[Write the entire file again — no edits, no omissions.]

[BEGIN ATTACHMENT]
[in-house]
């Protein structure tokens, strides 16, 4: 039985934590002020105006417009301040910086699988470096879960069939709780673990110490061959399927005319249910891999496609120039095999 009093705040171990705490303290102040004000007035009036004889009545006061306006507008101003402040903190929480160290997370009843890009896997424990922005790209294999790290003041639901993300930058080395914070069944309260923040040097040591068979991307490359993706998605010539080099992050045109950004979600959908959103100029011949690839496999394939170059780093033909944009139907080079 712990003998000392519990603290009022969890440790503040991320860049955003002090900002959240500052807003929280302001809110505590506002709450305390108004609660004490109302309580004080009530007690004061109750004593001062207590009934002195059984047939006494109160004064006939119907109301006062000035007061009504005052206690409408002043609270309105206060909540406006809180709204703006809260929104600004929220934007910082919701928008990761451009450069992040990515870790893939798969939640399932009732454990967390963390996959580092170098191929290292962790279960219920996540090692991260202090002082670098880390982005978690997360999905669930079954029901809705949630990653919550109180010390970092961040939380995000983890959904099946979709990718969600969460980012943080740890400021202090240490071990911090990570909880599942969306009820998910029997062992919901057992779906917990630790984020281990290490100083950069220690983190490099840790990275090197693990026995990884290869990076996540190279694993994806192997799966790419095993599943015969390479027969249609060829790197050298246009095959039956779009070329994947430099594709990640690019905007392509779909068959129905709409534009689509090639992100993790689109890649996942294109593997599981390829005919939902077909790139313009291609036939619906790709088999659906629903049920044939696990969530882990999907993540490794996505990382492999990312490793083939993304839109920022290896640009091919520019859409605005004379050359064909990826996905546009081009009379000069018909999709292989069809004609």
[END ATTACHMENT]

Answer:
[in-house]
């Protein structure tokens, strides 16, 4: 039985934590002020105006417009301040910086699988470096879960069939709780673990110490061959399927005319249910891999496609120039095999 009093705040171990705490303290102040004000007035009036004889009545006061306006507008101003402040903190929480160290997370009843890009896997424990922005790209294999790290003041639901993300930058080395914070069944309260923040040097040591068979991307490359993706998605010539080099992050045109950004979600959908959103100029011949690839496999394939170059780093033909944009139907080079 712990003998000392519990603290009022969890440790503040991320860049955003002090900002959240500052807003929280302001809110505590506002709450305390108004609660004490109302309580004080009530007690004061109750004593001062207590009934002195059984047939006494109160004064006939119907109301006062000035007061009504005052206690409408002043609270309105206060909540406006809180709204703006809260929104600004929220934007910082919701928008990761451009450069992040990515870790893939798969939640399932009732454990967390963390996959580092170098191929290292962790279960219920996540090692991260202090002082670098880390982005978690997360999905669930079954029901809705949630990653919550109180010390970092961040939380995000983890959904099946979709990718969600969460980012943080740890400021202090240490071990911090990570909880599942969306009820998910029997062992919901057992779906917990630790984020281990290490100083950069220690983190490099840790990275090197693990026995990884290869990076996540190279694993994806192997799966790419095993599943015969390479027969249609060829790197050298246009095959039956779009070329994947430099594709990640690019905007392509779909068959129905709409534009689509090639992100993790689109890649996942294109593997599981390829005919939902077909790139313009291609036939619906790709088999659906629903049920044939696990969530882990999907993540490794996505990382492999990312490793083939993304839109920022290896640009091919520019859409605005004379050359064909990826996905546009081009009379000069018909999709292989069809004609």